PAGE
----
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How I beat coupons with discount gift cards

Karen Haywood Queen

The Coupon Maven placed $300 worth of groceries on the conveyor belt and I watched in awe as she used coupons to cut her bill to $250. I wanted to capture that kind of savings, too. So every week, I’d spend about 30 minutes clipping and ripping coupons from the Sunday newspaper. They piled up everywhere — in the car, on my desk and, rarely, in my coupon book. But at most I’d save $10. Every couple of months, I’d throw away nearly all of the coupons, expired and unused. I felt like a failure.

Then I discovered discount gift cards. People who receive gift cards they don’t want sell them to discount gift card sites and get back anywhere from 50 percent to 92 percent of the value. Buyers in turn can buy gift cards for as much as 35 percent  off. I realized this would be a more effective way than coupons to save on not just gifts, but everyday items.

How I beat coupons with discount gift cards

When I was starting out, I checked out, a website that aggregates gift cards that people are selling at a discount on other websites:, and (my favorite), to name a few. GiftCardGranny lists the return and security policies of each of those websites in its buyer protection section. To buy a card listed on GiftCardGranny you click on the link and are taken to the offer details on the associated website.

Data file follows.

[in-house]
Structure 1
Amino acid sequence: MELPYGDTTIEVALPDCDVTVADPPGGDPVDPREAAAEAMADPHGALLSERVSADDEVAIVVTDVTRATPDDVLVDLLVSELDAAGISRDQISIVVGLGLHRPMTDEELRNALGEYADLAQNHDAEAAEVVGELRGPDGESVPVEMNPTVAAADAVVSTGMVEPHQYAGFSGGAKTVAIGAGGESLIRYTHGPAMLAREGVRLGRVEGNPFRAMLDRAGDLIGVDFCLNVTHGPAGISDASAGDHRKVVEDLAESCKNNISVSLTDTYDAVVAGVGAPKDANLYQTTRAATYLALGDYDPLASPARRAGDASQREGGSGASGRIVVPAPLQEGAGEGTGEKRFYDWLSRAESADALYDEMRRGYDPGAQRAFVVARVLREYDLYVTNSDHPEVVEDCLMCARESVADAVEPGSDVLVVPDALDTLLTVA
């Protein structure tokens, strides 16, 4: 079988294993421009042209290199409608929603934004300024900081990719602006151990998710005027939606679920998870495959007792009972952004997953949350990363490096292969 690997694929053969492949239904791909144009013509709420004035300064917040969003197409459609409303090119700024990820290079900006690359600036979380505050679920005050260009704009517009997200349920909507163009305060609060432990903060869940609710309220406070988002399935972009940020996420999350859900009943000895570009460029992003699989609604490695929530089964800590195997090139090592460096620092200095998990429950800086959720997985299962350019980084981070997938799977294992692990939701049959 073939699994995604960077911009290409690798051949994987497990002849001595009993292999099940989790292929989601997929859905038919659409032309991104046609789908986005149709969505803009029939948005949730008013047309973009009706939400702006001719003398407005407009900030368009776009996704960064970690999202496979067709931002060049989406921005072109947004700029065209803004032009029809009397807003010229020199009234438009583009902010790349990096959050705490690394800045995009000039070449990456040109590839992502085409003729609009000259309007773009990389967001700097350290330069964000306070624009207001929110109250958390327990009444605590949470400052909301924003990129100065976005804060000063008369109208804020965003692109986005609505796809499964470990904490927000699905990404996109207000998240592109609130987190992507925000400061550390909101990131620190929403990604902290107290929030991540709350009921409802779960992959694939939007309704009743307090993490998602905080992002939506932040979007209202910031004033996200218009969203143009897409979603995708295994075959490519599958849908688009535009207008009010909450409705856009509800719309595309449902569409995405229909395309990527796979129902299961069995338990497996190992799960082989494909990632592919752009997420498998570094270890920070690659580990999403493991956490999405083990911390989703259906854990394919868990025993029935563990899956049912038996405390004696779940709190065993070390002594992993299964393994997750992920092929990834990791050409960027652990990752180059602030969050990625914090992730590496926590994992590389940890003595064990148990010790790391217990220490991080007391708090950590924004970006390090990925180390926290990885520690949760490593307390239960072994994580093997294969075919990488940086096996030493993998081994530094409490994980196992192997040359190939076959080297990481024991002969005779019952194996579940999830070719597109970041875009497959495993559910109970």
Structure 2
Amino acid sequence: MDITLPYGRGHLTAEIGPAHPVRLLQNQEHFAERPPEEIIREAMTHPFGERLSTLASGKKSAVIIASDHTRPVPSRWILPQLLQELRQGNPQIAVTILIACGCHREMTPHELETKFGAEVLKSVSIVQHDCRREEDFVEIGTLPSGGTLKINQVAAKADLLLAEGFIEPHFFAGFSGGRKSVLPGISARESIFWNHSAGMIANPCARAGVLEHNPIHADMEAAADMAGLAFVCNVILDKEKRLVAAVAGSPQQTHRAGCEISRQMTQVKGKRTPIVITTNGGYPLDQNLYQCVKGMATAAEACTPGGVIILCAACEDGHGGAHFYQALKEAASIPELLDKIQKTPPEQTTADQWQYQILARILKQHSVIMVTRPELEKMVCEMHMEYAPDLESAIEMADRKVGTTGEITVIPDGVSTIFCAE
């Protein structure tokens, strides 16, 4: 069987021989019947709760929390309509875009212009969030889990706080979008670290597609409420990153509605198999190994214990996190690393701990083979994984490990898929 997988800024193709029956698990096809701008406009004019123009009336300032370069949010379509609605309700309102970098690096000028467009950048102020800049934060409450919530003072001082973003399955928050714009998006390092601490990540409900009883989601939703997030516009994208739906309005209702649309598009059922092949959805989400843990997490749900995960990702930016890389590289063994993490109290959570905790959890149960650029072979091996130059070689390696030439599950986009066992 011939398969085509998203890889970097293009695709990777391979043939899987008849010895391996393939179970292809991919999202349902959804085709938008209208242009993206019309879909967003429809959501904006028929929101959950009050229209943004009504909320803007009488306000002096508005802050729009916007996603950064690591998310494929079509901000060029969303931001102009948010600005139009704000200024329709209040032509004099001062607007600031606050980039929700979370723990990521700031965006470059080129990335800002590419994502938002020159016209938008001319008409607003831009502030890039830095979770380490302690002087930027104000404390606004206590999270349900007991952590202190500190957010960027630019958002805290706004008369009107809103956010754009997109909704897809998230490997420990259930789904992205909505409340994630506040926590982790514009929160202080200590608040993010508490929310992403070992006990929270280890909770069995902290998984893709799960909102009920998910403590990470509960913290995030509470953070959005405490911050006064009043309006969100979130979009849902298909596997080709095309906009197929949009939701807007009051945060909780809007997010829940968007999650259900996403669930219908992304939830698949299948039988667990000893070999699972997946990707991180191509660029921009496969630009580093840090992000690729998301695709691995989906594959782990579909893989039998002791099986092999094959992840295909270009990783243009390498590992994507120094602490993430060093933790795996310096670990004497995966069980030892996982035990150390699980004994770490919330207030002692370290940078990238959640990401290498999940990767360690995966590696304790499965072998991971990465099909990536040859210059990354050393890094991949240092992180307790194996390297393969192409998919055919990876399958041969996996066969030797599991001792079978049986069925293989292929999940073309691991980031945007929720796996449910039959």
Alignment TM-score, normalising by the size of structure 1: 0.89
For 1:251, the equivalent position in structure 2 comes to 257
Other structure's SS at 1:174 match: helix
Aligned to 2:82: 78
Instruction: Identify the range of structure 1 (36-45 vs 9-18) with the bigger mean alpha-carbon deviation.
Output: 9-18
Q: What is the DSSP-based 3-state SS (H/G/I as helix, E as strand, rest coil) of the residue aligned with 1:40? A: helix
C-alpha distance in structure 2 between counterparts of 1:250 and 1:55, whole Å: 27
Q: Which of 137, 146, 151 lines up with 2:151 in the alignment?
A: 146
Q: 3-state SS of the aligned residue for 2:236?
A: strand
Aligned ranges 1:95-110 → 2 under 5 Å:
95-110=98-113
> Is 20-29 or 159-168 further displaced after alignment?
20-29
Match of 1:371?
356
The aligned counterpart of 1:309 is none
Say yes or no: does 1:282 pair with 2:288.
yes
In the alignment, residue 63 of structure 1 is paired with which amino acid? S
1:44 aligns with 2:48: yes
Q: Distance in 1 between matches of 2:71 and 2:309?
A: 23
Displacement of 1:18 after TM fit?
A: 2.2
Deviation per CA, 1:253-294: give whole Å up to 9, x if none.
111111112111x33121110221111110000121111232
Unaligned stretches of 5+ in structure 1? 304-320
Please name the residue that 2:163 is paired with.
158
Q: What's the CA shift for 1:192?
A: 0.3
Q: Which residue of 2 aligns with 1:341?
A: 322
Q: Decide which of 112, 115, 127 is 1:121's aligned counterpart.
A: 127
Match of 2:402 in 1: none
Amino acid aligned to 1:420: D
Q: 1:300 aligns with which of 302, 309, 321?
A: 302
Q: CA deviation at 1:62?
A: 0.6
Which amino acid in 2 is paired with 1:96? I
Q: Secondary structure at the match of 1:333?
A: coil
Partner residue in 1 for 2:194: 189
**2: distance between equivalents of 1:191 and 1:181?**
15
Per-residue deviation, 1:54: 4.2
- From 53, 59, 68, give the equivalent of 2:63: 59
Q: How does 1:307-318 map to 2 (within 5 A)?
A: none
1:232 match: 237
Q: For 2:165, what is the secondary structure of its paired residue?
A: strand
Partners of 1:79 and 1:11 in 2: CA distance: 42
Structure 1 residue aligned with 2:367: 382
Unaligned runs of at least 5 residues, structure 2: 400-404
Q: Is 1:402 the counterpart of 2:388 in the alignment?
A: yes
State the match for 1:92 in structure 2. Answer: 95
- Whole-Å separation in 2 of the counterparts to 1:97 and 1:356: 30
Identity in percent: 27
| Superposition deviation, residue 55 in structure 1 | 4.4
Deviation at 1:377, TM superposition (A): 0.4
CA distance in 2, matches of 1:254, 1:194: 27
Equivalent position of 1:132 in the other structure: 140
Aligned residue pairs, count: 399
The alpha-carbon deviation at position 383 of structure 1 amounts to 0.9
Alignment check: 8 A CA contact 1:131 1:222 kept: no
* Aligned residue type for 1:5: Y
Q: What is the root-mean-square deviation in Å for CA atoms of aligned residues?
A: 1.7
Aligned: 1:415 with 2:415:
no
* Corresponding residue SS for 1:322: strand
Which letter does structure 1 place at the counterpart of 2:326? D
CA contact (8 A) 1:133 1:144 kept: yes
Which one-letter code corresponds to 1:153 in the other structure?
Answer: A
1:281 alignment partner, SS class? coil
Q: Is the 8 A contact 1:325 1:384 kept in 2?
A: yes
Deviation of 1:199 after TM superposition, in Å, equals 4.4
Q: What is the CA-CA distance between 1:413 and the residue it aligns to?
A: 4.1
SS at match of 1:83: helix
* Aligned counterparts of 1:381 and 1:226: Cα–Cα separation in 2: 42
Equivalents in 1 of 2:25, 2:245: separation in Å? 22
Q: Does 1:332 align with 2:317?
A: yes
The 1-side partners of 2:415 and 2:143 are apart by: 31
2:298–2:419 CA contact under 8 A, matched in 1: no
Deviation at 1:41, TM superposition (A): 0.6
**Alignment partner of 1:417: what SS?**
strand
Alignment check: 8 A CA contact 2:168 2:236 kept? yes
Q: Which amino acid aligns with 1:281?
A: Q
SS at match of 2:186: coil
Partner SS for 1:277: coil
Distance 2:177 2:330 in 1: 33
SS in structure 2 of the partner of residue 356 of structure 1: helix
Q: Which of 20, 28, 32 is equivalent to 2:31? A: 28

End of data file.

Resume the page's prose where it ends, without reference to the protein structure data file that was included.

January is the best month to buy, when people are unloading unwanted Christmas gift cards. October is the worst month, according to a conversation I had with Mark Ellwood, author of “Bargain Fever: How to Shop in a Discounted World.”

Still, I scored on my recent October gift card buying mission.

First, I made a list of what we needed to buy in the next month and the stores where we’d likely make those purchases. My list included Wal-Mart, Staples, Petco, Home Depot, Lowe’s, Rite Aid and Bed Bath & Beyond. I had two gifts to buy, too, so I checked out cards for Nike and AMC Theaters.

Part of the reason these gift cards are better for personal shopping, as opposed to giving as gifts is that they are often partially used, meaning they come in odd dollar amounts like $9.51. But on the day I shopped, Home Depot and AMC Theaters were both available for even amounts: $50 and $25, respectively, perfect for gift giving.

Note: if you’ve never bought discount gift cards, you might want to alert your credit card company before shopping. My card issuer questioned my first major discount gift card purchase earlier this year since it was outside my normal spending pattern.

In the end, I bought $692 in gift cards for $648, cutting $44 from my bill. My savings ranged from 2.5 percent for the Wal-Mart gift card to nearly 20 percent for AMC Theaters. Lots of cards were 9-10 percent off, ranging from $2 to $5 in savings.

Time invested: about 30 minutes. No scissors needed. No clutter. When the next Sunday newspaper arrived, I put the coupons straight into the recycling bin.

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